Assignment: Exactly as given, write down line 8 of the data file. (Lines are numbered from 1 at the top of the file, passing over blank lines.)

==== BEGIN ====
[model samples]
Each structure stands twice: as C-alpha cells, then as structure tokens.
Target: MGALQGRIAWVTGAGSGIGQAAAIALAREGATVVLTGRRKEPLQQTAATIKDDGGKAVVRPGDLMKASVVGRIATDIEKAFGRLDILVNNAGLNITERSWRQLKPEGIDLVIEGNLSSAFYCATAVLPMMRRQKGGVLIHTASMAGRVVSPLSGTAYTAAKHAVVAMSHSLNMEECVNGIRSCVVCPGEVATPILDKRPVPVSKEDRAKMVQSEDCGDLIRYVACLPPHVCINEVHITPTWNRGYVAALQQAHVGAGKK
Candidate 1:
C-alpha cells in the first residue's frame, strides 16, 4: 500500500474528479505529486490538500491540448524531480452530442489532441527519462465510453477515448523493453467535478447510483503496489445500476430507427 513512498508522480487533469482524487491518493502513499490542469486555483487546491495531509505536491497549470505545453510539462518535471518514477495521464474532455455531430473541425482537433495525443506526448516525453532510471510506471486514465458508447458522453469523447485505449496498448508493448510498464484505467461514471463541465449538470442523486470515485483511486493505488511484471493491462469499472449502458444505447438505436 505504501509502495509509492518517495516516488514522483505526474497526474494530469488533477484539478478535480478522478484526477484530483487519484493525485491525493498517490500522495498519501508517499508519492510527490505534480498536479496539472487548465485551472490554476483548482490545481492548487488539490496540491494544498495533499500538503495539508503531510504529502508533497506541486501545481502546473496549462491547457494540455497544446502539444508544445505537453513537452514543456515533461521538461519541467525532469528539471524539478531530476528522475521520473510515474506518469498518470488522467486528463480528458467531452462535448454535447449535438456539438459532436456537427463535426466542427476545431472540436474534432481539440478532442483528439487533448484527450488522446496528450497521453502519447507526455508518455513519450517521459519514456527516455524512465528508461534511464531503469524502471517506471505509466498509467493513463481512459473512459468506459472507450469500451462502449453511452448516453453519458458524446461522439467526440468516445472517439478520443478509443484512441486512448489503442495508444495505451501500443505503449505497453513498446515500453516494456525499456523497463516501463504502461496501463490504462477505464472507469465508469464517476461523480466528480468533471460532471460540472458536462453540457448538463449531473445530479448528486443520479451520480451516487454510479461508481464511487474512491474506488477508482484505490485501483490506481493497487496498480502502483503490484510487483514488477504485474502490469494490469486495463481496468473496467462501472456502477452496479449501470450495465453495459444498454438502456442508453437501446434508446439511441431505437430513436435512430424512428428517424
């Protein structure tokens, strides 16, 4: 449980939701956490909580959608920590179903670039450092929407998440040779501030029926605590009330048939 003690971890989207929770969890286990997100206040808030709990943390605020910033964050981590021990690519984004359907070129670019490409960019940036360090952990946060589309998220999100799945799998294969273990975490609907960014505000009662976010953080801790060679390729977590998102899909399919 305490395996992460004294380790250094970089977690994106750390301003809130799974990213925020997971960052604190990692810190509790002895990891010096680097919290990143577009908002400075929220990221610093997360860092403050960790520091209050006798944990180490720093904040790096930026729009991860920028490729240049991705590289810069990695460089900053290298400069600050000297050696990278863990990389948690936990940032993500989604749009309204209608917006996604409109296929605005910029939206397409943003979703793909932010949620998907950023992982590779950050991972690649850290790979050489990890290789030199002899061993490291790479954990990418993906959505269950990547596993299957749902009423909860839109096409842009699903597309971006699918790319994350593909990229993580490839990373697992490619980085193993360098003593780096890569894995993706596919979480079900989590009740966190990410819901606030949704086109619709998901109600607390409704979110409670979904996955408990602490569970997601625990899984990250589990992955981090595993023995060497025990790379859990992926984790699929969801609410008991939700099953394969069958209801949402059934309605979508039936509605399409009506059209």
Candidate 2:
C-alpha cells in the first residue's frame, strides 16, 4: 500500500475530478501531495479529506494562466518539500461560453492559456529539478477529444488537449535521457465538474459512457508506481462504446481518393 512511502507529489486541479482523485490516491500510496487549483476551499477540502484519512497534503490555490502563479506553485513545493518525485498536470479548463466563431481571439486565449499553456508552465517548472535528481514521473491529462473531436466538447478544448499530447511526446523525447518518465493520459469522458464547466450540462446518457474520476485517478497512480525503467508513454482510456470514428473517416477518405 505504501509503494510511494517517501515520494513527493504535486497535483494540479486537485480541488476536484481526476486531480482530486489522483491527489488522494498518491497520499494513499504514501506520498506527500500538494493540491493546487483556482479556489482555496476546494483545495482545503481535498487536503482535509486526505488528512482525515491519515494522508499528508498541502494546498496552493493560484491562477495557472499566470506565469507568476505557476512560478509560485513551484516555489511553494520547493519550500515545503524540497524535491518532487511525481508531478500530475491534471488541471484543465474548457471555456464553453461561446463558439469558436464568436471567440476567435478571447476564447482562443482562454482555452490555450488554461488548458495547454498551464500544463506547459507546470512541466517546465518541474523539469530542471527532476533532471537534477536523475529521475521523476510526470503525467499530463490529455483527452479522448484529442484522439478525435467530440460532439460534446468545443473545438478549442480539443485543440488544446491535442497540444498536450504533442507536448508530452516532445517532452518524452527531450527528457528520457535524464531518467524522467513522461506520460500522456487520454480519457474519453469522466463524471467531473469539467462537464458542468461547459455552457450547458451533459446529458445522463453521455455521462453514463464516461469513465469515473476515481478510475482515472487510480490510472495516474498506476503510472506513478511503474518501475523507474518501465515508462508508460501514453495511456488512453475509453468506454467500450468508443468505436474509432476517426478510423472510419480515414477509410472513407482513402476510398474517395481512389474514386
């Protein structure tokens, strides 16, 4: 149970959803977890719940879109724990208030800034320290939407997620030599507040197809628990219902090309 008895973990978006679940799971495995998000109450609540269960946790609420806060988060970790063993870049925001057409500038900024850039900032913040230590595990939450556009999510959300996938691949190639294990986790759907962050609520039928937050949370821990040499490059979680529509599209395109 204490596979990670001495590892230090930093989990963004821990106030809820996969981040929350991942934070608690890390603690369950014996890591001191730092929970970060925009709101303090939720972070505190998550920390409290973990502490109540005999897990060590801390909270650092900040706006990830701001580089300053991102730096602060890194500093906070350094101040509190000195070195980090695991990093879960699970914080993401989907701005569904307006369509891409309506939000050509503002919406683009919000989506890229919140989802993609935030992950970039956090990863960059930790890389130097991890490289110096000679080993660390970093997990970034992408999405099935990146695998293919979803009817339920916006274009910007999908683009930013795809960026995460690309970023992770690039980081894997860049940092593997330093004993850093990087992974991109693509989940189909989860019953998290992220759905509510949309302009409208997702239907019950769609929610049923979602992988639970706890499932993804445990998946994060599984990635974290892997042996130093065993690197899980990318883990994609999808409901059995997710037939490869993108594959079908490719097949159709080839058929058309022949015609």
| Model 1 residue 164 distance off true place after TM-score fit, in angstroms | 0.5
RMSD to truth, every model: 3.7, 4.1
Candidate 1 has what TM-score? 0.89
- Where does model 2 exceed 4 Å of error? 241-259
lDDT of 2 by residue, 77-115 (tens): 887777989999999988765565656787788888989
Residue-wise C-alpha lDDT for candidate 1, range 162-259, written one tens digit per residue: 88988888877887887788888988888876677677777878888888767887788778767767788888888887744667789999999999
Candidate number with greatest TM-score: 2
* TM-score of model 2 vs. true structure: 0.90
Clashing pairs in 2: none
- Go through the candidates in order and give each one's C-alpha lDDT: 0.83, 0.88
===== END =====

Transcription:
C-alpha cells in the first residue's frame, strides 16, 4: 500500500475530478501531495479529506494562466518539500461560453492559456529539478477529444488537449535521457465538474459512457508506481462504446481518393 512511502507529489486541479482523485490516491500510496487549483476551499477540502484519512497534503490555490502563479506553485513545493518525485498536470479548463466563431481571439486565449499553456508552465517548472535528481514521473491529462473531436466538447478544448499530447511526446523525447518518465493520459469522458464547466450540462446518457474520476485517478497512480525503467508513454482510456470514428473517416477518405 505504501509503494510511494517517501515520494513527493504535486497535483494540479486537485480541488476536484481526476486531480482530486489522483491527489488522494498518491497520499494513499504514501506520498506527500500538494493540491493546487483556482479556489482555496476546494483545495482545503481535498487536503482535509486526505488528512482525515491519515494522508499528508498541502494546498496552493493560484491562477495557472499566470506565469507568476505557476512560478509560485513551484516555489511553494520547493519550500515545503524540497524535491518532487511525481508531478500530475491534471488541471484543465474548457471555456464553453461561446463558439469558436464568436471567440476567435478571447476564447482562443482562454482555452490555450488554461488548458495547454498551464500544463506547459507546470512541466517546465518541474523539469530542471527532476533532471537534477536523475529521475521523476510526470503525467499530463490529455483527452479522448484529442484522439478525435467530440460532439460534446468545443473545438478549442480539443485543440488544446491535442497540444498536450504533442507536448508530452516532445517532452518524452527531450527528457528520457535524464531518467524522467513522461506520460500522456487520454480519457474519453469522466463524471467531473469539467462537464458542468461547459455552457450547458451533459446529458445522463453521455455521462453514463464516461469513465469515473476515481478510475482515472487510480490510472495516474498506476503510472506513478511503474518501475523507474518501465515508462508508460501514453495511456488512453475509453468506454467500450468508443468505436474509432476517426478510423472510419480515414477509410472513407482513402476510398474517395481512389474514386